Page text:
I suppose if I were a writer, I would say I had writer’s block. But I am not really a writer, am I? Only in so far as one with an Instagram is a photographer, or one who goes to church is a Christian (I wanted to write about the Pope too, because I cannot get enough of the Pontiff.)¬†Instead, I sat. I considered meditating, but I didn’t want to make the cat move, and I sort of suck at meditation anyhow.

It’s a hand-me-down, the thoughts are broken,
Perhaps they’re better left unsung.
I don’t know, don’t really care
Let there be songs to fill the air.

I turned 45 this week. I sat with that for a while. 45. Forty five. Cuarenta y cinco. Sei sup mm. Fifty minus five.

Ripple in still water,
When there is no pebble tossed,
Nor wind to blow.

Maybe that is why I can’t think of anything good to write. Maybe by the time you get to be this age, you are supposed to have a whole bunch of real things to write about, and here I sit with my immaculate home and my two cats and some loud Eighties music in my unbearably hip neighborhood, and no typical accomplishments like husbands and divorces and kids and shit to write about.

Reach out your hand if your cup be empty,
If your cup is full may it be again,
Let it be known there is a fountain,
That was not made by the hands of men.

I was born in 1970. Do you know how long it takes to scroll to that year when you are filling out your birthdate on-line? You have to pick your finger up off the touch pad at least twice. That shit is crazy. Nixon was the president and my Grandma M tried cocaine. That would have been something to see.

In 1970 things were pretty fucked up.

I came of age in the 1980s. Do you know how accidentally iconic the Eighties have become? What I know recall about the Eighties could feather your hair. I still love the music, hipsters still love the fashion. We are all still paying for the politics.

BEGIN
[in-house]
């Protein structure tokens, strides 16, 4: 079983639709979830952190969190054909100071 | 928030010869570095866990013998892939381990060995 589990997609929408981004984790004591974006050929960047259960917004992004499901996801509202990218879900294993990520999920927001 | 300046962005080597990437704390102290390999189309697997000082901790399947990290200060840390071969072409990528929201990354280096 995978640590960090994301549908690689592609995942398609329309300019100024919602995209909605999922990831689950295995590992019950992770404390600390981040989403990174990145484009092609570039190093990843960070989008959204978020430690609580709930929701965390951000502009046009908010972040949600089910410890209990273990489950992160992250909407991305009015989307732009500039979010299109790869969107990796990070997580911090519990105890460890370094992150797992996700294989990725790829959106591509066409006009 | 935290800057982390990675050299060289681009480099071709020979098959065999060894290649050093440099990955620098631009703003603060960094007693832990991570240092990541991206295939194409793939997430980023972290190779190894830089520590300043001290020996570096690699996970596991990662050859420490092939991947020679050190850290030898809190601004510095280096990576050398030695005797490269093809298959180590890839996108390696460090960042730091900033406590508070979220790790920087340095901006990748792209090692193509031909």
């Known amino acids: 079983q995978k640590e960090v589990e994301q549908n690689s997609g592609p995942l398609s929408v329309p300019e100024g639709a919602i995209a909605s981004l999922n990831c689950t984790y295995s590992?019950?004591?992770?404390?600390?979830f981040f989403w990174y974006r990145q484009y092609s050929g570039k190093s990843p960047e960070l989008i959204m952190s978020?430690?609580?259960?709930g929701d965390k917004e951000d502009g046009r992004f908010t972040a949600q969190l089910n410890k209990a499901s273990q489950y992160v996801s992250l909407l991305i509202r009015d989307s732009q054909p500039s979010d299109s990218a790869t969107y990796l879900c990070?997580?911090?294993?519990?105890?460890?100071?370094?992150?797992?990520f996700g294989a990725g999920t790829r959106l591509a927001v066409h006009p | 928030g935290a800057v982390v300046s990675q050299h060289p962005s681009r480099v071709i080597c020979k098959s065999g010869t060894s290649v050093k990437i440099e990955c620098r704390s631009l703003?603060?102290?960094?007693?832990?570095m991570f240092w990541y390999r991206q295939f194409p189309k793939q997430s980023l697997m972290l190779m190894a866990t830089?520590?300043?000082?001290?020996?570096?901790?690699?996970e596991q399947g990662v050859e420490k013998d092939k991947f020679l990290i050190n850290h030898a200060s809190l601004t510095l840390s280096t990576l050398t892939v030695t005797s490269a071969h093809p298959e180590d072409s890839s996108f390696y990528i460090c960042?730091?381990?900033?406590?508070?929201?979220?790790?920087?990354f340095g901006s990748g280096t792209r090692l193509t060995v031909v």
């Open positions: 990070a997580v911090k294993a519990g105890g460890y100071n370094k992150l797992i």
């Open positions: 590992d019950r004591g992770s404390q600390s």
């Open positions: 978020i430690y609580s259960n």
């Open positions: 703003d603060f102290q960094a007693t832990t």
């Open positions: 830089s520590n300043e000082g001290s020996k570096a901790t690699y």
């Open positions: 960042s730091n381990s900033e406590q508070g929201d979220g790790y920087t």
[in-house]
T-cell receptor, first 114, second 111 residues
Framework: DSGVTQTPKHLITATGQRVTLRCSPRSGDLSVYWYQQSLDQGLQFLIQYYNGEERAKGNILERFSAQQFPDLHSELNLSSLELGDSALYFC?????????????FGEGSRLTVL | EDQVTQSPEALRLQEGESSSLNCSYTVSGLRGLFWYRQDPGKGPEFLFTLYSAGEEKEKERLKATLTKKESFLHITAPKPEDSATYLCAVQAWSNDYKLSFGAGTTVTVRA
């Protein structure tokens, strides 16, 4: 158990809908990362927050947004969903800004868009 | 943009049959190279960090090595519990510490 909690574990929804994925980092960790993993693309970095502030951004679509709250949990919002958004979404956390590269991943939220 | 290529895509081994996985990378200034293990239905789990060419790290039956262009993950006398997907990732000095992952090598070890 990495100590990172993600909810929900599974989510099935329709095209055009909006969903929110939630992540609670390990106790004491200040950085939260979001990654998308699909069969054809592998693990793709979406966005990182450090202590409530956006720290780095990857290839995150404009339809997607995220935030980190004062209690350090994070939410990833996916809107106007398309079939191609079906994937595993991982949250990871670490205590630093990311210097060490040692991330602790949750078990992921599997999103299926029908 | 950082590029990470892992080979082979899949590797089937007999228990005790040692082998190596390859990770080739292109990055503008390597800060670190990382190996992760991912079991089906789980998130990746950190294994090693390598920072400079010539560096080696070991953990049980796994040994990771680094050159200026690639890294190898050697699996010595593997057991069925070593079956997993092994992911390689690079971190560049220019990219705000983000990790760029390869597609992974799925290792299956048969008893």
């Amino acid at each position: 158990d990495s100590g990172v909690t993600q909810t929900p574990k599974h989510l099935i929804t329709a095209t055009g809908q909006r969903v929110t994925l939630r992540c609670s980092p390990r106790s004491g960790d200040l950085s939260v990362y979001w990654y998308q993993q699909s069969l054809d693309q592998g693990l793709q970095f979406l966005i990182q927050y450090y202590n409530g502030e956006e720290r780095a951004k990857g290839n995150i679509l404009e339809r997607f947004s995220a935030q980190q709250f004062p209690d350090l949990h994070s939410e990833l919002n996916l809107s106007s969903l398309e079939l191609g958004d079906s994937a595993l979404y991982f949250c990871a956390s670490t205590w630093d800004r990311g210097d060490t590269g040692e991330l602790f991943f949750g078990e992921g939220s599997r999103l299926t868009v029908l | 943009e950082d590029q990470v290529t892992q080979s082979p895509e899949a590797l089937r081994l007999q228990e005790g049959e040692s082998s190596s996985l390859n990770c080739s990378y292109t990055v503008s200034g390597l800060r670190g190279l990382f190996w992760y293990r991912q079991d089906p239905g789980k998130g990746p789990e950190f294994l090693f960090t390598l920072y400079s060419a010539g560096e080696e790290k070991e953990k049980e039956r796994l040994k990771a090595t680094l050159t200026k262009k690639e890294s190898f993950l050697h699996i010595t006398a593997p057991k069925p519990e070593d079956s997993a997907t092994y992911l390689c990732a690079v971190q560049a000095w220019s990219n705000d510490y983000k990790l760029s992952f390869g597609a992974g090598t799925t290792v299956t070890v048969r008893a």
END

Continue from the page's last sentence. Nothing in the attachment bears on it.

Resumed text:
In the 1980s things were pretty fucked up.

I got some education in the 1990s: formal and otherwise. Do you think everyone assumes the time they opened their minds is the more relevant than that of others?¬†I don’t know, but a lot of shit happened in the nineties.¬†And then at the end of 1999 the world didn’t end and I think a lot of people thought that was pretty fucked up

I had my mid-life crisis in the mid-90s. Which makes sense because I never really thought I would live very long (which is kind of dumb of me because the women in my family tend to live a very long time.) For whatever reason my mid-life dramz kicked off at 34. It took me about four years to sort that shit out.

Mid-life crises are pretty fucked up.

There is a road, no simple highway,
Between the dawn and the dark of night,
And if you go no one may follow,
That path is for your steps alone.

On the weekend leading up to my birthday I met someone who is in her mid-30s and appears to be on track to have a midlife crisis just like mine. (Apparently it’s not just movies and politicians¬†from the decade that never go away.) I told her I had to sail away to China to deal with it. She did not get the musical reference, but I am fairly certain she is on board with the rest of it. I predict she breaks up with her boyfriend before the end of this year (not due to my counsel, mind you – I am not a meddler, just a sharer.)

Maybe the reason this birthday isn’t sitting so well with me is that I don’t have anything to be in crisis about because I already got all destructive and ridiculously reckless ten years ago and so it feels empty of purpose.¬†I emerged from my¬†midlife¬†crisis down one Wal-Mart-shopping boyfriend and one suburban tract house,¬†but as my kids would say: I am not about that life.

Life in with the suburbs was pretty fucked up.

You, who choose to lead, must follow
But if you fall you fall alone.
If you should stand then who’s to guide you?